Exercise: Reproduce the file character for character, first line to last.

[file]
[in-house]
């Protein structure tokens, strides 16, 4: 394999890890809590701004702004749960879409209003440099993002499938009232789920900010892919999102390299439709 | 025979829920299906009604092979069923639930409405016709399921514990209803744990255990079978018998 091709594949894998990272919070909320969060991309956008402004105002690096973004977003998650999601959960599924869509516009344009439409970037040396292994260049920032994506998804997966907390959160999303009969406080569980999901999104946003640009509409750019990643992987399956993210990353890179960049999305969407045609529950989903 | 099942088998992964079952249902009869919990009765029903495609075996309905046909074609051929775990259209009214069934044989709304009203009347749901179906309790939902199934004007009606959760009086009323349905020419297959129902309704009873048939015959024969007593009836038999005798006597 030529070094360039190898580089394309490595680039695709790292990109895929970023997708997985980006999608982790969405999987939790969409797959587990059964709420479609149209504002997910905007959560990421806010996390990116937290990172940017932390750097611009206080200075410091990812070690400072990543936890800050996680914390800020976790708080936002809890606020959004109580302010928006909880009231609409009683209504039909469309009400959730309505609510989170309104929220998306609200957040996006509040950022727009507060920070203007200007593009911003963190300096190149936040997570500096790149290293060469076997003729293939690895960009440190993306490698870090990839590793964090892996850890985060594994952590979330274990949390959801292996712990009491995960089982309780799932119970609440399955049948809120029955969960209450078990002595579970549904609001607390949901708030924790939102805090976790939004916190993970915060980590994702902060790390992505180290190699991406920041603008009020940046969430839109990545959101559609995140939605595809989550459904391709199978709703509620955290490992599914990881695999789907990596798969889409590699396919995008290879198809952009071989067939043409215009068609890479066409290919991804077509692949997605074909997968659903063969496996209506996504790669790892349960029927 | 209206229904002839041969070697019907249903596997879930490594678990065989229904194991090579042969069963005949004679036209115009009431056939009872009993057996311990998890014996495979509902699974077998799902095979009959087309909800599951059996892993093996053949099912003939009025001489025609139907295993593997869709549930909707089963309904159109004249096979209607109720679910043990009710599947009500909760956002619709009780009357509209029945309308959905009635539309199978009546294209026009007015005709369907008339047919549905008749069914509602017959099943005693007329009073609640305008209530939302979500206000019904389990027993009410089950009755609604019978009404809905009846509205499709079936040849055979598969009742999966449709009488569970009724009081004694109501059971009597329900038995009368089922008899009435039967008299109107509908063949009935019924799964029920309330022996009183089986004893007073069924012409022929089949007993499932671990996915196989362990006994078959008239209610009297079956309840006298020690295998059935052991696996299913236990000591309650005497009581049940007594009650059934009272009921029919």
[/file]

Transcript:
[in-house]
């Protein structure tokens, strides 16, 4: 394999890890809590701004702004749960879409209003440099993002499938009232789920900010892919999102390299439709 | 025979829920299906009604092979069923639930409405016709399921514990209803744990255990079978018998 091709594949894998990272919070909320969060991309956008402004105002690096973004977003998650999601959960599924869509516009344009439409970037040396292994260049920032994506998804997966907390959160999303009969406080569980999901999104946003640009509409750019990643992987399956993210990353890179960049999305969407045609529950989903 | 099942088998992964079952249902009869919990009765029903495609075996309905046909074609051929775990259209009214069934044989709304009203009347749901179906309790939902199934004007009606959760009086009323349905020419297959129902309704009873048939015959024969007593009836038999005798006597 030529070094360039190898580089394309490595680039695709790292990109895929970023997708997985980006999608982790969405999987939790969409797959587990059964709420479609149209504002997910905007959560990421806010996390990116937290990172940017932390750097611009206080200075410091990812070690400072990543936890800050996680914390800020976790708080936002809890606020959004109580302010928006909880009231609409009683209504039909469309009400959730309505609510989170309104929220998306609200957040996006509040950022727009507060920070203007200007593009911003963190300096190149936040997570500096790149290293060469076997003729293939690895960009440190993306490698870090990839590793964090892996850890985060594994952590979330274990949390959801292996712990009491995960089982309780799932119970609440399955049948809120029955969960209450078990002595579970549904609001607390949901708030924790939102805090976790939004916190993970915060980590994702902060790390992505180290190699991406920041603008009020940046969430839109990545959101559609995140939605595809989550459904391709199978709703509620955290490992599914990881695999789907990596798969889409590699396919995008290879198809952009071989067939043409215009068609890479066409290919991804077509692949997605074909997968659903063969496996209506996504790669790892349960029927 | 209206229904002839041969070697019907249903596997879930490594678990065989229904194991090579042969069963005949004679036209115009009431056939009872009993057996311990998890014996495979509902699974077998799902095979009959087309909800599951059996892993093996053949099912003939009025001489025609139907295993593997869709549930909707089963309904159109004249096979209607109720679910043990009710599947009500909760956002619709009780009357509209029945309308959905009635539309199978009546294209026009007015005709369907008339047919549905008749069914509602017959099943005693007329009073609640305008209530939302979500206000019904389990027993009410089950009755609604019978009404809905009846509205499709079936040849055979598969009742999966449709009488569970009724009081004694109501059971009597329900038995009368089922008899009435039967008299109107509908063949009935019924799964029920309330022996009183089986004893007073069924012409022929089949007993499932671990996915196989362990006994078959008239209610009297079956309840006298020690295998059935052991696996299913236990000591309650005497009581049940007594009650059934009272009921029919």